• Dairy and Dairy Alternatives: Choose up to 3 servings of dairy or dairy alternatives daily. Choose low fat or fat free milk, yogurt and cheese. Pass on sugar-sweetened dairy products such as yogurt or flavored milks or sweetened milk alternatives. This strawberry banana milkshake uses soy milk and fresh fruit to satisfy your sweet tooth.
  • Healthy fats: Eat healthy fats daily, like walnuts, hazelnuts and almonds. Be sure to count your calories for added fats and nuts into your daily allotment. Use “extra-virgin” or virgin olive oil in place of other fats such as vegetable oil or butter in low temperature cooking.  Here’s a savory and superfood-packed recipe using walnuts to add healthy fat and a tasty crunch.

If you have NASH, how have you changed your diet? What are your go-to healthy recipes?

HELPFUL LINKS

Thank you so much for the information. I have not seen the Dr yet but will look into the Mediterranean diet. Someone today told me they were doing keto only acouple months and their liver enzymes went up!

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The keto diet is not so good..for me at least. MAYO DOCS recommend the Medditeran Diet. Ai cut all salt and sugar…lost weight a d feel better. Im not very strict about it..its just simple logic.

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@jeanne5009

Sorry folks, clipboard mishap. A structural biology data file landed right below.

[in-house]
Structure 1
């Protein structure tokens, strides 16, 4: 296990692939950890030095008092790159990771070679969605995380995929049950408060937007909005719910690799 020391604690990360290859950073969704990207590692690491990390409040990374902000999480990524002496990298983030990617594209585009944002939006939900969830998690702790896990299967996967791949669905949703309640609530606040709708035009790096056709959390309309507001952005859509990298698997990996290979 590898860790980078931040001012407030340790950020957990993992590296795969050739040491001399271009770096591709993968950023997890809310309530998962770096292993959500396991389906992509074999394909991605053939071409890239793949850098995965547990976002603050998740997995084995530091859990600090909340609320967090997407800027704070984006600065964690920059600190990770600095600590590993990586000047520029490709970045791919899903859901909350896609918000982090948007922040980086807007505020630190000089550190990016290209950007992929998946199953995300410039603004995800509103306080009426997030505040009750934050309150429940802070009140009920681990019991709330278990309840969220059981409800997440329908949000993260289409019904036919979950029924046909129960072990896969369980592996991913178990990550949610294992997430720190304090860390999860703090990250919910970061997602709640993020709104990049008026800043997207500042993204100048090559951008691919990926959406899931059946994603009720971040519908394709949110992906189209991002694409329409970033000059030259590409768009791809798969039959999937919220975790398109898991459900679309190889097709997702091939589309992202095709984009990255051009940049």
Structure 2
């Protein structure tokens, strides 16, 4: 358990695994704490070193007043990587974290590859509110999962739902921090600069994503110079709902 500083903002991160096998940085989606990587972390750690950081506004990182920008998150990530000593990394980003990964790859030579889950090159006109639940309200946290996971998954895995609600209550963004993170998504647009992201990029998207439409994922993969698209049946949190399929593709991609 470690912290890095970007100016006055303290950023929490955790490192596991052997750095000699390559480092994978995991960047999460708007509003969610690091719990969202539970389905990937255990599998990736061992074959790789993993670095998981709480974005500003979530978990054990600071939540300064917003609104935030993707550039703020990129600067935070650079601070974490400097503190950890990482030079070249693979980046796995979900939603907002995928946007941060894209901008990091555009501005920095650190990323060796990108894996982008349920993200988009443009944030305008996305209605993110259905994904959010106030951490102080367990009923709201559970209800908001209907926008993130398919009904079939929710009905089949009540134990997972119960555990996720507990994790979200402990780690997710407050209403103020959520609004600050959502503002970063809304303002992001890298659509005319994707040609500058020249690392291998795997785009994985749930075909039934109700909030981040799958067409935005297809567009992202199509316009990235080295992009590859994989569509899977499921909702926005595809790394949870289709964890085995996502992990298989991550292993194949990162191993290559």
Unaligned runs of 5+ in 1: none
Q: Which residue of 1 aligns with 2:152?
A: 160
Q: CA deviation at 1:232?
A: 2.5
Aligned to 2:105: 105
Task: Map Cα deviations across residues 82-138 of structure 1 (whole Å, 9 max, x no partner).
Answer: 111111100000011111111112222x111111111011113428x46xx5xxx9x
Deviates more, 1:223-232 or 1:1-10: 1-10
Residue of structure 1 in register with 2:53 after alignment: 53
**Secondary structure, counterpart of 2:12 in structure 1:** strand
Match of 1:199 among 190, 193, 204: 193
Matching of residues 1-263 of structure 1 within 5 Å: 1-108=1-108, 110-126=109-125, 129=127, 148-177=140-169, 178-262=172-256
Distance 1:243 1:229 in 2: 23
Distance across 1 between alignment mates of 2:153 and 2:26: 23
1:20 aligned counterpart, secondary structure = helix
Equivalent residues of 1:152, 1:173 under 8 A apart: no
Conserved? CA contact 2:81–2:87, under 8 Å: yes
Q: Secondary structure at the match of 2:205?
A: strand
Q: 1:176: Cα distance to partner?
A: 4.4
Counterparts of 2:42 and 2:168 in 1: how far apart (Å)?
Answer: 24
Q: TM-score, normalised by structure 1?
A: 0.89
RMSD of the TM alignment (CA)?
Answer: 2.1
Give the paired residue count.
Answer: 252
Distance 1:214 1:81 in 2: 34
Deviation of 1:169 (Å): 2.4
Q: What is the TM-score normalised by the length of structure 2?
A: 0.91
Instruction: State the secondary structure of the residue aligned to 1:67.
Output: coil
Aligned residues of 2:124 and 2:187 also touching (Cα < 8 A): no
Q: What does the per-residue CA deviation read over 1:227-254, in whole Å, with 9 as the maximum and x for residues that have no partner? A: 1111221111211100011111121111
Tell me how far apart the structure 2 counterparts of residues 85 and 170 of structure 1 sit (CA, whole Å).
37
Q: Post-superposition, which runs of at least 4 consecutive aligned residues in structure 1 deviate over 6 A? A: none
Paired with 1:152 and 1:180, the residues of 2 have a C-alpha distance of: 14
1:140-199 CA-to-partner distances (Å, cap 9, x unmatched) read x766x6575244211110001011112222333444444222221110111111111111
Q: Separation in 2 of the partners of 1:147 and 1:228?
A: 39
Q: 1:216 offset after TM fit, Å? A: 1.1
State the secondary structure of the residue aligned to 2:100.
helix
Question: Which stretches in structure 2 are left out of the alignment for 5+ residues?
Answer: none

The keto diet is not so good..for me at least. MAYO DOCS recommend the Medditeran Diet. Ai cut all salt and sugar…lost weight a d feel better. Im not very strict about it..its just simple logic.

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@jeanne5009 I am definitely going to have to try this Mediterranean diet out.
JK

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@andys

Hi JK. I have cirrhosis and understand it is not reversible. The study is in Canada, the USA and Britain I believe. I am in Central Ontario, Canada. I'll have more information on Nov. 29 when I start the medication. I will keep you apprised of everything as it becomes known to me. All the best.

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Hello Andrea, hope you are feeling good. How the study is going?

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Hi @antecoco, welcome to Connect. Like you, I would also like to hear from @andys to know what it has been like to be on the study she mentioned.